« PoprzedniaDalej »
have also stated it as our opinion, that Mr. Daubeny. in the first seca tion of this chapter, has given a sufficient reply to every thing, which Mr. O. has said on the subject. We promised, however, to enter a - little into the merits of this section, in order to notice a gross misrepre. sentation of Bishop Hooper's meaning, of which Mr. O. has been con, victed by Mr. Dauheny, and a palpable self-contradiction, of which, if we mistake not, we shall ourselves convict bim.
The first of these particulars we shall do, by giving the following extract from Mr. Daubeny. After pursuing Mr. O. through various wanderings from his proposed subject, Mr. Daubeny proceeds thus:
" At length one of our reformers, Bishop Hooper, is brought for, ward for the purpose of furnishing the reader with a passage from his writings, which Mr. O., through the medium of his own comment,
endeavours to make speak a Calvinistic language. My reader will judge of the success of the experiment. The fundamental tenet of Calvinism, as my reader has seen above, is, that “the final condition of every man is absolutely determined, before he is born into the world."* Bishop Hooper is brought forward for the purpose of an experiment being made on his writings, whether he may not be considered as having subscribed to this principle. The Bishop says, “ It is not a Christian's part to attribute his salvation to his own free will:"—therefore, the Bishop was no Pelagian. * Nor to extenuatę original sin :"-therefore, the Bishop maintained that doctrine :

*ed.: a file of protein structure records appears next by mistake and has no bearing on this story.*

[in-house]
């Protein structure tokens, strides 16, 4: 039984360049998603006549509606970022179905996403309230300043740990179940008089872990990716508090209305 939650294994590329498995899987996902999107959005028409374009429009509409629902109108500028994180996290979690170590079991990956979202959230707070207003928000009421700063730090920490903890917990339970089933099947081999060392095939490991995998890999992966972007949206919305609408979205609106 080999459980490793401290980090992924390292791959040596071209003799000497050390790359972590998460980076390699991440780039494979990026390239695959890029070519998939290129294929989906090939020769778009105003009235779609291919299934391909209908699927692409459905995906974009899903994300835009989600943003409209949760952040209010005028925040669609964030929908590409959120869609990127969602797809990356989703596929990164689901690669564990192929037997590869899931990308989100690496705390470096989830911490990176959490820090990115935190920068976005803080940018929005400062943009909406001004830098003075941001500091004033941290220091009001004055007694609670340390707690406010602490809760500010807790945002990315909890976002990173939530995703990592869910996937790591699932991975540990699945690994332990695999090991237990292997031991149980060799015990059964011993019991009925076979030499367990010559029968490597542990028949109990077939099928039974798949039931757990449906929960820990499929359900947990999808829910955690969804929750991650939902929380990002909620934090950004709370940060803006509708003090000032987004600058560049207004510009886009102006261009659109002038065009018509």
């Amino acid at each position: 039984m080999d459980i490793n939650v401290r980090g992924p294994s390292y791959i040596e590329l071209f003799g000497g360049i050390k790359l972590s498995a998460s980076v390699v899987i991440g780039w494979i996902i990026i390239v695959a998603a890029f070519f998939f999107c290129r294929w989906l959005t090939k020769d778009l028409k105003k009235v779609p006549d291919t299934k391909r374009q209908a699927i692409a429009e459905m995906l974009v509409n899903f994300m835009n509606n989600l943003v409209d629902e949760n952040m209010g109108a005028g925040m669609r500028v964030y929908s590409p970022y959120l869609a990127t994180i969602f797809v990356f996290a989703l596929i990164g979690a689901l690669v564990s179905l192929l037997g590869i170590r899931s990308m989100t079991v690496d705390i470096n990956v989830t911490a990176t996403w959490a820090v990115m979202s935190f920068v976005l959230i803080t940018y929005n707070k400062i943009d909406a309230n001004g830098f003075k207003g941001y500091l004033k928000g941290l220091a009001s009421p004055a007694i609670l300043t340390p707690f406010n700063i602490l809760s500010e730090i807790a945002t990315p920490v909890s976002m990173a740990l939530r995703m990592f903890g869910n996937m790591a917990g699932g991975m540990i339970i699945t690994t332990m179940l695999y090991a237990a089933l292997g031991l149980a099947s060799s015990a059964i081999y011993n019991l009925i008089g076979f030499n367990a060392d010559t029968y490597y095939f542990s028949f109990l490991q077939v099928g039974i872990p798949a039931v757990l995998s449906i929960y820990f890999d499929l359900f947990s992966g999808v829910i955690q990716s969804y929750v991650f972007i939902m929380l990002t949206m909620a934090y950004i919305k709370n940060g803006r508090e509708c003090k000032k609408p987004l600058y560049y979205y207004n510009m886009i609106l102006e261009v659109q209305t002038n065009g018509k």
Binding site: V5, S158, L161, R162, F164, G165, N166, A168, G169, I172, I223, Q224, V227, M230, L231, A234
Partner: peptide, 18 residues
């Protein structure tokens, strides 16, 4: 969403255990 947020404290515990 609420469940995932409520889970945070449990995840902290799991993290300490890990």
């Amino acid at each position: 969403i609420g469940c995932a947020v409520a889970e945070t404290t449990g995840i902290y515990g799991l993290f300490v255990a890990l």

to make God the author of evil, or our damnation :"-therefore the Bishop was no Manichee. “ Nor to say God hath wrote fatal laws, as the Stoics, and with necessity of destiny violently pull. eth one by the hair into heaven, and thrusteth the other headlong into hell:'--therefore, Hooper was no Calvinist or fatalist. " The cause of any man's rejection, or damination, according to Hooper, "is sin in man who will not hear nor receive the promise of the Gospel.'? The cause of any man's rejection, according to Calvin, is, because, God haying determined his condition before he was born, He prepares him for it accordingly, by giving him ears that he shall not hear, and consequently shall have no will to receive the Gospel : but that be. ing by God's determined purpose, rendereil deaf and blind, and stupid, he might, as an organ of Divine wrath, “come to his proper end.! In finem suum perveniat. Instit. lib. ii. c. 24, p. 12.